The temporal cascade structure of reanalyses and global circulation models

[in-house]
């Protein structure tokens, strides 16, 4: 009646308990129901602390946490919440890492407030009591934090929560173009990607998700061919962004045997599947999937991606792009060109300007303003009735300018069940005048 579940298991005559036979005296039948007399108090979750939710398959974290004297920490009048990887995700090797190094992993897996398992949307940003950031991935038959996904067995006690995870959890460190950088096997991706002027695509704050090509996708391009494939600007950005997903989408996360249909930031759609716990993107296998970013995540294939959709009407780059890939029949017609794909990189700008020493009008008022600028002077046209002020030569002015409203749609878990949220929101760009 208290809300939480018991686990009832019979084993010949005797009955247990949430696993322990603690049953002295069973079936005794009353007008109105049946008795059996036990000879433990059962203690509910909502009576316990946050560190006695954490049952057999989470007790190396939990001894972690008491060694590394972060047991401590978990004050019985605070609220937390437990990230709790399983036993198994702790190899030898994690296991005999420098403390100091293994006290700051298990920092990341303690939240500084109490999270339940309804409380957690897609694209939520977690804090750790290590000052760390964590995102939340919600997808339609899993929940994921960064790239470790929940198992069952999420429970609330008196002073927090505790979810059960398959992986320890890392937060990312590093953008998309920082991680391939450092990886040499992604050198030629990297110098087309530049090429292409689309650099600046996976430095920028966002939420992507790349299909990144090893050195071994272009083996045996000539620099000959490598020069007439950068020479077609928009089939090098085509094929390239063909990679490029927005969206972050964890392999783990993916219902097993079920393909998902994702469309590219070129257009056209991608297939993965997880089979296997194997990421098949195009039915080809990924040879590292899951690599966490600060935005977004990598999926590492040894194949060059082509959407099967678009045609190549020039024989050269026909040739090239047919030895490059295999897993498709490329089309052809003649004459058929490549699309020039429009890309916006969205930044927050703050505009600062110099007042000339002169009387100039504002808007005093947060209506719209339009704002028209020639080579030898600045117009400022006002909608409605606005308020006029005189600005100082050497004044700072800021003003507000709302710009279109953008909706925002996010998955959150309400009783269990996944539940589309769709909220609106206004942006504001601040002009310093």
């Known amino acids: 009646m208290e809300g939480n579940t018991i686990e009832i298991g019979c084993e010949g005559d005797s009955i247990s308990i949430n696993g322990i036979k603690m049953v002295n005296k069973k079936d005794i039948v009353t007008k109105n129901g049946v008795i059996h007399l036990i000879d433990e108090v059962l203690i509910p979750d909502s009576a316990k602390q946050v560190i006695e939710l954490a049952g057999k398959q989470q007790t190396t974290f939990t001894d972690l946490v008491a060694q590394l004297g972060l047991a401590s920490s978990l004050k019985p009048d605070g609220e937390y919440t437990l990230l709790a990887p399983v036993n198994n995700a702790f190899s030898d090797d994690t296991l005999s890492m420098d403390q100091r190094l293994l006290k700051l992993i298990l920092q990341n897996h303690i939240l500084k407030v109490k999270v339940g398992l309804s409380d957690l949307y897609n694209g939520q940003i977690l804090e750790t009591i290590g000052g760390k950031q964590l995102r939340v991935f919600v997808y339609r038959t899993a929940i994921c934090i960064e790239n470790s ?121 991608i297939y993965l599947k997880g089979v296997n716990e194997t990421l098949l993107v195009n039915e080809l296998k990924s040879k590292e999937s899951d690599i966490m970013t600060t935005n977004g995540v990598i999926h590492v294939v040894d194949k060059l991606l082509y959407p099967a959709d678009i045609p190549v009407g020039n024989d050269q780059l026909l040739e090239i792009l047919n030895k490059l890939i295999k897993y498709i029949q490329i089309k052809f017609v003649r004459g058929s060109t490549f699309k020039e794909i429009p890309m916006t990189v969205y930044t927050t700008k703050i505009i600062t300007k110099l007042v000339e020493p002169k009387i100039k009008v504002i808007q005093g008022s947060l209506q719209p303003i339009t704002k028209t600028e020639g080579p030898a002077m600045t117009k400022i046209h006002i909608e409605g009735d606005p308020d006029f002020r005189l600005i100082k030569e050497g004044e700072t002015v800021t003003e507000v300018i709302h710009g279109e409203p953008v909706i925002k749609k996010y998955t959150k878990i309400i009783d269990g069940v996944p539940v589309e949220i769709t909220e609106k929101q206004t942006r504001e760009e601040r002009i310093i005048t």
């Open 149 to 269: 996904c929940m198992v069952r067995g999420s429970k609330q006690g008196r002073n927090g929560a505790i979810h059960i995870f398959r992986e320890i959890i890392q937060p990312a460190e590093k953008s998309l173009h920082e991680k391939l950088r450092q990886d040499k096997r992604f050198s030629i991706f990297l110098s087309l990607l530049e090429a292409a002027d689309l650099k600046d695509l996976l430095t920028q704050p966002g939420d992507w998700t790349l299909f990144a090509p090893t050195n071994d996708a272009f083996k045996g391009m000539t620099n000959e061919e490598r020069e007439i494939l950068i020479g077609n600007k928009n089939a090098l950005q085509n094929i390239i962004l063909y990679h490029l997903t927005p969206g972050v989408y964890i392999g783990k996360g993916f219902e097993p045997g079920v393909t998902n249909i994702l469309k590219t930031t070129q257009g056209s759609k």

The spatial stochastic structure of deterministic models of the atmosphere has been shown recently to be well modelled by multiplicative cascade processes; in this paper we extend this to the time domain. Using data from the European Centre for Medium Range Weather Forecasting's (ECMWF) reanalyses (ERA40) and two meteorological models (Global Forecast System and Global Environmental Multiscale), we investigate the temporal cascade structures of the temperature, humidity and zonal wind at various altitudes, latitudes and forecast times. First, we estimate turbulent fluxes from the absolute second-order time differences, showing that the fluxes are generally very close to those estimated in space at the model dissipation scale; thus validating the flux estimates. We then show that temporal cascades with outer scales typically in the range 5–20 days can accurately account for the statistical properties over the range from 6 h up to 3–5 days. We quantify the (typically small) differences in the cascades from model to model, as functions of latitude, altitude and forecast time. By normalizing the moments by the theoretical predictions for universal multifractals, we investigate the ‘Levy collapse’ of the statistics somewhat beyond the outer cascade limit into the low-frequency weather regime. Although due to finite size effects and the small outer temporal scale, the temporal scaling range is narrow (12–24 h up to 2–10 days), we compare the spatial and temporal statistics by constructing space-time (Stommel) diagrams, finding space-time transformation velocities of 450–1000 km day−1, comparable to those predicted based on the solar energy flux driving the system. This transition time-scale corresponding to planetary size structures objectively defines the transition from usual weather to a low-frequency weather regime with much lower variability. Finally, we discuss the implications for ensemble forecasting systems, stochastic parametrization and stochastic forecasting. Copyright © 2012 Royal Meteorological Society